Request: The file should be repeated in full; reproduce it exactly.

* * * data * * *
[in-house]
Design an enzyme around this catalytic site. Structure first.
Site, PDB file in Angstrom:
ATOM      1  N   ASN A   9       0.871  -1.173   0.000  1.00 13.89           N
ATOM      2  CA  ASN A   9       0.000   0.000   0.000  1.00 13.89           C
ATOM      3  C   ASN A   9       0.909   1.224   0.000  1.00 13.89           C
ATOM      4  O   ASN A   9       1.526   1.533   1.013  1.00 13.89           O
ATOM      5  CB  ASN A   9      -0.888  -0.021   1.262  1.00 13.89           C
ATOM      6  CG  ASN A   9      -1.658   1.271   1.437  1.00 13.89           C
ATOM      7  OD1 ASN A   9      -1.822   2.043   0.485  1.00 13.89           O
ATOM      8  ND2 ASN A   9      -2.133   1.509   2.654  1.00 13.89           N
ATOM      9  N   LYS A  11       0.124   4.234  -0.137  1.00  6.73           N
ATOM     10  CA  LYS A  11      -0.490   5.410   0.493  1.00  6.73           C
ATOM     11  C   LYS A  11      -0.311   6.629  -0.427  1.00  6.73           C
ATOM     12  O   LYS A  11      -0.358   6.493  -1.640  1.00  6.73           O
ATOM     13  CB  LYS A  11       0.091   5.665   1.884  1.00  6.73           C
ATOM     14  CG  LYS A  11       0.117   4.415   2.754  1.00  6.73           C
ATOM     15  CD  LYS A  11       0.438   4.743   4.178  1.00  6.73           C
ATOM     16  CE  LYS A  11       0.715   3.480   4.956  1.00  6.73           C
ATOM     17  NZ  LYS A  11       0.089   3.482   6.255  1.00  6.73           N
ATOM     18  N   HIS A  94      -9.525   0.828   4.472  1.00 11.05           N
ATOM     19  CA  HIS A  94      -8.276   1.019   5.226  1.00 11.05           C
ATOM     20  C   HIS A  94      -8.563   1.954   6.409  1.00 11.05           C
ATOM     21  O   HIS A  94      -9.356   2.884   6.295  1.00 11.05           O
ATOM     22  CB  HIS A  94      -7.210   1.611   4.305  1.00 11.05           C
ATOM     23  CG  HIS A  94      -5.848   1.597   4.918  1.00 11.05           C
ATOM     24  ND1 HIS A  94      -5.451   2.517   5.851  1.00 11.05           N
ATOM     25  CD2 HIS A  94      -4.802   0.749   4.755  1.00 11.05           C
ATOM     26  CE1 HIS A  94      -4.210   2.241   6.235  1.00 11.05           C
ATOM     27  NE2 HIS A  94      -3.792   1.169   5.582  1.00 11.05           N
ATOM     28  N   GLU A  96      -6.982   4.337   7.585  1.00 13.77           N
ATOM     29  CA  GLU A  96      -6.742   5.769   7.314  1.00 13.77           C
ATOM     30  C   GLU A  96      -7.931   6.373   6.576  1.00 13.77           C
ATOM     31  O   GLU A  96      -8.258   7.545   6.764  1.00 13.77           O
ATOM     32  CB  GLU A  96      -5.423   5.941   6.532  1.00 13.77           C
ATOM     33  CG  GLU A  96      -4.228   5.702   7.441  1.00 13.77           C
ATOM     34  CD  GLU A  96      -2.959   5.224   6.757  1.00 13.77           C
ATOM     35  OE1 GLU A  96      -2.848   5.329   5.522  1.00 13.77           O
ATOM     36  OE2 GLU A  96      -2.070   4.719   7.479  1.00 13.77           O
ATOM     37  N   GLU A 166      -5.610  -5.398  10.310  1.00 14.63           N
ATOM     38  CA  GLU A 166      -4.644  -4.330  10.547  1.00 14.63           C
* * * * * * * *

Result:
[in-house]
Design an enzyme around this catalytic site. Structure first.
Site, PDB file in Angstrom:
ATOM      1  N   ASN A   9       0.871  -1.173   0.000  1.00 13.89           N
ATOM      2  CA  ASN A   9       0.000   0.000   0.000  1.00 13.89           C
ATOM      3  C   ASN A   9       0.909   1.224   0.000  1.00 13.89           C
ATOM      4  O   ASN A   9       1.526   1.533   1.013  1.00 13.89           O
ATOM      5  CB  ASN A   9      -0.888  -0.021   1.262  1.00 13.89           C
ATOM      6  CG  ASN A   9      -1.658   1.271   1.437  1.00 13.89           C
ATOM      7  OD1 ASN A   9      -1.822   2.043   0.485  1.00 13.89           O
ATOM      8  ND2 ASN A   9      -2.133   1.509   2.654  1.00 13.89           N
ATOM      9  N   LYS A  11       0.124   4.234  -0.137  1.00  6.73           N
ATOM     10  CA  LYS A  11      -0.490   5.410   0.493  1.00  6.73           C
ATOM     11  C   LYS A  11      -0.311   6.629  -0.427  1.00  6.73           C
ATOM     12  O   LYS A  11      -0.358   6.493  -1.640  1.00  6.73           O
ATOM     13  CB  LYS A  11       0.091   5.665   1.884  1.00  6.73           C
ATOM     14  CG  LYS A  11       0.117   4.415   2.754  1.00  6.73           C
ATOM     15  CD  LYS A  11       0.438   4.743   4.178  1.00  6.73           C
ATOM     16  CE  LYS A  11       0.715   3.480   4.956  1.00  6.73           C
ATOM     17  NZ  LYS A  11       0.089   3.482   6.255  1.00  6.73           N
ATOM     18  N   HIS A  94      -9.525   0.828   4.472  1.00 11.05           N
ATOM     19  CA  HIS A  94      -8.276   1.019   5.226  1.00 11.05           C
ATOM     20  C   HIS A  94      -8.563   1.954   6.409  1.00 11.05           C
ATOM     21  O   HIS A  94      -9.356   2.884   6.295  1.00 11.05           O
ATOM     22  CB  HIS A  94      -7.210   1.611   4.305  1.00 11.05           C
ATOM     23  CG  HIS A  94      -5.848   1.597   4.918  1.00 11.05           C
ATOM     24  ND1 HIS A  94      -5.451   2.517   5.851  1.00 11.05           N
ATOM     25  CD2 HIS A  94      -4.802   0.749   4.755  1.00 11.05           C
ATOM     26  CE1 HIS A  94      -4.210   2.241   6.235  1.00 11.05           C
ATOM     27  NE2 HIS A  94      -3.792   1.169   5.582  1.00 11.05           N
ATOM     28  N   GLU A  96      -6.982   4.337   7.585  1.00 13.77           N
ATOM     29  CA  GLU A  96      -6.742   5.769   7.314  1.00 13.77           C
ATOM     30  C   GLU A  96      -7.931   6.373   6.576  1.00 13.77           C
ATOM     31  O   GLU A  96      -8.258   7.545   6.764  1.00 13.77           O
ATOM     32  CB  GLU A  96      -5.423   5.941   6.532  1.00 13.77           C
ATOM     33  CG  GLU A  96      -4.228   5.702   7.441  1.00 13.77           C
ATOM     34  CD  GLU A  96      -2.959   5.224   6.757  1.00 13.77           C
ATOM     35  OE1 GLU A  96      -2.848   5.329   5.522  1.00 13.77           O
ATOM     36  OE2 GLU A  96      -2.070   4.719   7.479  1.00 13.77           O
ATOM     37  N   GLU A 166      -5.610  -5.398  10.310  1.00 14.63           N
ATOM     38  CA  GLU A 166      -4.644  -4.330  10.547  1.00 14.63           C